Since 2013, Magid has been exploring the story of the archives of the late Mexican architect Luis Barragán, which are currently owned in their entirety by a Swiss manufacturing family. Barragán's archives have been closely held by the owners, who have denied researches access and closely guarded copyrights, to the dismay of various artists and historians. She wanted to explore the rumor that Rolf Fehlbaum bought the rights to the archives in lieu of an engagement ring for his fiancée, the Italian architectural historian Frederica Zanco. She determined that she would make a diamond ring from the cremated ashes of Barragán (with the permission of his family) that she would ultimately use to "propose" to Zanco. She would give the ring to Zanco, a devoted fan and scholar of Barragán's work, if Zanco agreed to return the archives to Mexico. Magid got to know Zanco through an extended correspondence, and made the "proposal," telling Zanco, "I am offering you the body for the body of work." Zanco has not (yet) accepted the proposition.[23]

The project is still considered ongoing and has been the subject of various exhibitions and installations. The project seeks to explore the "intersection of the psychological with the judicial, national identity and repatriation, international property rights and copyright law, authorship and ownership."[24] In November 2013, Magid created an exhibition in New York City about the story and her interactions up to that point with Zanco, being careful respect the archive owners' copyrights while pushing the limits by, for example, framing a copy of Zanco's book on Barragán instead of framing the images themselves. She also put on an exhibition in Switzerland in June 2016 showcasing objects and videos related to her "proposal" to Zanco. The exhibition will travel to the San Francisco Art Institute in September 2016.[23]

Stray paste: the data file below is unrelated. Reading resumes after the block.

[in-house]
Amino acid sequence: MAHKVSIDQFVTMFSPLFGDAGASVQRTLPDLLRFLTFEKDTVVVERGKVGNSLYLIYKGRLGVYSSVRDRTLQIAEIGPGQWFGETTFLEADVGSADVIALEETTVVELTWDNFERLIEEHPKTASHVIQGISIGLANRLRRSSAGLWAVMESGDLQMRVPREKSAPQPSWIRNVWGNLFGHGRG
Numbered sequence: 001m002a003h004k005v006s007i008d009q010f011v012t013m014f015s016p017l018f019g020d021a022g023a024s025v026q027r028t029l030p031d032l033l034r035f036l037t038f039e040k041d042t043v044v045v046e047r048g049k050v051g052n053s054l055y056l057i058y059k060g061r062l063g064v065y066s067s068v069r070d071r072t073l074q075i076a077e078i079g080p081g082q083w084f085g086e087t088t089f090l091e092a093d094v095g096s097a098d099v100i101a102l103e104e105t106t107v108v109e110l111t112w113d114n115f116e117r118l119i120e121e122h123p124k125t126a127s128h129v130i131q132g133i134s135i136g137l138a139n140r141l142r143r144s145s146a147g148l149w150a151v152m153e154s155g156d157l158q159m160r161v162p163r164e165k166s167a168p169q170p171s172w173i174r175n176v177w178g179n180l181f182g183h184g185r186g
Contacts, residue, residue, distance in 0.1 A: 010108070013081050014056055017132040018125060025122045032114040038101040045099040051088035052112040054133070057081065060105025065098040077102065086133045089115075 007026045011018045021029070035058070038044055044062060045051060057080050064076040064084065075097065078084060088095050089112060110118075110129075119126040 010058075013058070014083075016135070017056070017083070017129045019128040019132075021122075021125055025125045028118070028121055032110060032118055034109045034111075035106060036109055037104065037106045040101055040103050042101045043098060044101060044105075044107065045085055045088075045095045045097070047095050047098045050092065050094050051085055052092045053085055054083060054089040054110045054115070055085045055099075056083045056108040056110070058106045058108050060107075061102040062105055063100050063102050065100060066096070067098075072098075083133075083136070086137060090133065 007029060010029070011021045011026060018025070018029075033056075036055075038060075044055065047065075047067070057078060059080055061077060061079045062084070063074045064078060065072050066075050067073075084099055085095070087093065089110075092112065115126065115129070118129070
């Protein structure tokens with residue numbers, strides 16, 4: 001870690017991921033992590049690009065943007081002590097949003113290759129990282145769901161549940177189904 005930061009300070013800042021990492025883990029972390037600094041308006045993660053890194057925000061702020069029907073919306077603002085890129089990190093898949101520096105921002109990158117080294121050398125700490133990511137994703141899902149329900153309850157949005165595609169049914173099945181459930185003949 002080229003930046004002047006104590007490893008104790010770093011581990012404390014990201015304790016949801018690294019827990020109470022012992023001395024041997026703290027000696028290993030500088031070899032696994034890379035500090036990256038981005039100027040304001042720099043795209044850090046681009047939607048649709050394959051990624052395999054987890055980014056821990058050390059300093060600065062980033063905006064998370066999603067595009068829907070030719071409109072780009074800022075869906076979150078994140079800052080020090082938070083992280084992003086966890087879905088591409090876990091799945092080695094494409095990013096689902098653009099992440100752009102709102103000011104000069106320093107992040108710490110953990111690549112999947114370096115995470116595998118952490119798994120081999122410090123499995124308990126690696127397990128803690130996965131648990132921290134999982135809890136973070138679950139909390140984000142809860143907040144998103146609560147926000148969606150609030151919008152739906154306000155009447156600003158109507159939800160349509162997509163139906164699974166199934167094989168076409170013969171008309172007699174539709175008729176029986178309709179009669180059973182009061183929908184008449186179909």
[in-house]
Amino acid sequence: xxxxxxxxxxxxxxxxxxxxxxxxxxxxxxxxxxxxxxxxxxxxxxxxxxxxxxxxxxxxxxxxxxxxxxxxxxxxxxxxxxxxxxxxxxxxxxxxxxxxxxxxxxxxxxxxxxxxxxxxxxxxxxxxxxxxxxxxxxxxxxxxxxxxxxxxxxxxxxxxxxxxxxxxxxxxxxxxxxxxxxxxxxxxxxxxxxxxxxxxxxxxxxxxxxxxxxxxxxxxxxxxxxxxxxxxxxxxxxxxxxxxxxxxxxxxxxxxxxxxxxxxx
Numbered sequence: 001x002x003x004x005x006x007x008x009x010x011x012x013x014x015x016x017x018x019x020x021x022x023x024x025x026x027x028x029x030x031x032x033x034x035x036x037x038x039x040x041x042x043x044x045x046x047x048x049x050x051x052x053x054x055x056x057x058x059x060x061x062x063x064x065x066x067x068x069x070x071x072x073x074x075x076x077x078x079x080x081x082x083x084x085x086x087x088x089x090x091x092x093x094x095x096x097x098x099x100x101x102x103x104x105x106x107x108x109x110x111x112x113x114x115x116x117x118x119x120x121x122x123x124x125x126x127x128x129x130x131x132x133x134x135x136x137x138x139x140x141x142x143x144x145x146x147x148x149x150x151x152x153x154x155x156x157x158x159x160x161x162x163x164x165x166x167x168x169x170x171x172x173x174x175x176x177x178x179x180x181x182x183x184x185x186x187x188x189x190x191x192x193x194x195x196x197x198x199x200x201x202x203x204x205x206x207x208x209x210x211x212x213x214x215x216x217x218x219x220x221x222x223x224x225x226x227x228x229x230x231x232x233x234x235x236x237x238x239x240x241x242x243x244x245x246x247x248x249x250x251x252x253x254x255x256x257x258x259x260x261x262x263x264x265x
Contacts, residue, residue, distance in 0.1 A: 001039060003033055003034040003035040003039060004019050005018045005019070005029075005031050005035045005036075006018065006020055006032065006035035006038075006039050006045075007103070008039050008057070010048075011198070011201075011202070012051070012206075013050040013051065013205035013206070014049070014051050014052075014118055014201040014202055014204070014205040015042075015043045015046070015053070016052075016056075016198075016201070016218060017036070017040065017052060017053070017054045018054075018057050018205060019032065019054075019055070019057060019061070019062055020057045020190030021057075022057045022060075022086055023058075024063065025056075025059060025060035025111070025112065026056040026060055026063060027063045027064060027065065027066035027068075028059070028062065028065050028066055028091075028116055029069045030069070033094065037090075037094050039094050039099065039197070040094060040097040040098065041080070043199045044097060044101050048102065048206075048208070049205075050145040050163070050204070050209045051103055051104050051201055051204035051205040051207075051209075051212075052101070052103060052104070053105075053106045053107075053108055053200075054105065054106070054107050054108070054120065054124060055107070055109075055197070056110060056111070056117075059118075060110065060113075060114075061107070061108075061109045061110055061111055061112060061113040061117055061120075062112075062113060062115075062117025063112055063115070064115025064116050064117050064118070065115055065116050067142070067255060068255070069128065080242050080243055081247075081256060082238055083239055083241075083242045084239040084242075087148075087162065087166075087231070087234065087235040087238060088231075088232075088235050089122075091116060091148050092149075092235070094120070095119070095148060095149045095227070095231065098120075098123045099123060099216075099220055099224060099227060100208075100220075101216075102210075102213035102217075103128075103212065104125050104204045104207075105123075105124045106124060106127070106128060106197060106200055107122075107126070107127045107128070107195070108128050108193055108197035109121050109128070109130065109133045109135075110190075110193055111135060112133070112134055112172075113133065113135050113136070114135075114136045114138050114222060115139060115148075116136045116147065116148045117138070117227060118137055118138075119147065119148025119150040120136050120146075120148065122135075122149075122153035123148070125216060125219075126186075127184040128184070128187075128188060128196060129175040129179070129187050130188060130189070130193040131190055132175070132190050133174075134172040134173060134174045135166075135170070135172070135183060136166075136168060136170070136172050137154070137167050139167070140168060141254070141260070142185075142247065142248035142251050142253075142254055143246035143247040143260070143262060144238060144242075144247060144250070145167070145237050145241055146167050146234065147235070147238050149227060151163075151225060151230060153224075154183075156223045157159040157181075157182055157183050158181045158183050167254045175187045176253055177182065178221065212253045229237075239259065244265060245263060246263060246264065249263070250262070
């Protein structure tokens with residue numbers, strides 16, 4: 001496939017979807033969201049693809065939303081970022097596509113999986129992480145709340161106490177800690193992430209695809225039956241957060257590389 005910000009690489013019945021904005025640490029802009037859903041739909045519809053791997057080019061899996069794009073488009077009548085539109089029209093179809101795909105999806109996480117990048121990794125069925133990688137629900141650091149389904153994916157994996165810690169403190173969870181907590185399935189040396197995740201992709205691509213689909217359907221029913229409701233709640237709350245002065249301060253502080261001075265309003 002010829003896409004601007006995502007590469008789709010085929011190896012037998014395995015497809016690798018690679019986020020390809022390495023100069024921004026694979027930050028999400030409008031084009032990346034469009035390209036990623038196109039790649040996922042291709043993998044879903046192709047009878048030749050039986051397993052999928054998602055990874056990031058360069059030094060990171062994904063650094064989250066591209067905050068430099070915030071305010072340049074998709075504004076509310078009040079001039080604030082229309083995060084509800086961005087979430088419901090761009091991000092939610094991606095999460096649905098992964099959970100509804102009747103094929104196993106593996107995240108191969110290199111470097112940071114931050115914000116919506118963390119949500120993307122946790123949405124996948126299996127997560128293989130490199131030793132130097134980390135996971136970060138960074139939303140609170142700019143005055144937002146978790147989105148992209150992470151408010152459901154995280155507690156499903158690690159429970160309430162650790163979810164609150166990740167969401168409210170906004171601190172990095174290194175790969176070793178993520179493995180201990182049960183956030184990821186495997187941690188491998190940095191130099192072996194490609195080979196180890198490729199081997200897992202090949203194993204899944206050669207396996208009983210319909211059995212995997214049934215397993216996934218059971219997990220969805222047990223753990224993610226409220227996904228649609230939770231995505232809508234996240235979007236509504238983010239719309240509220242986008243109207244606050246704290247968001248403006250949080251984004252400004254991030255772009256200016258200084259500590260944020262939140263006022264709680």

Books[edit]

One Cycle of Memory in the City of L (2004) comprises the thirty-one Subject Access Request Forms Magid filed to obtain access to CCTV footage from Evidence Locker, her 2004 collaboration with Liverpool's City Watch. These forms ask for the time and nature of the incidents in question, which Magid supplied along with expressions of affection for their implicit recipients. In the artist's work, an intimacy can form between a pedestrian and her surveillants, and a bureaucratic document can testify to that relationship.[9]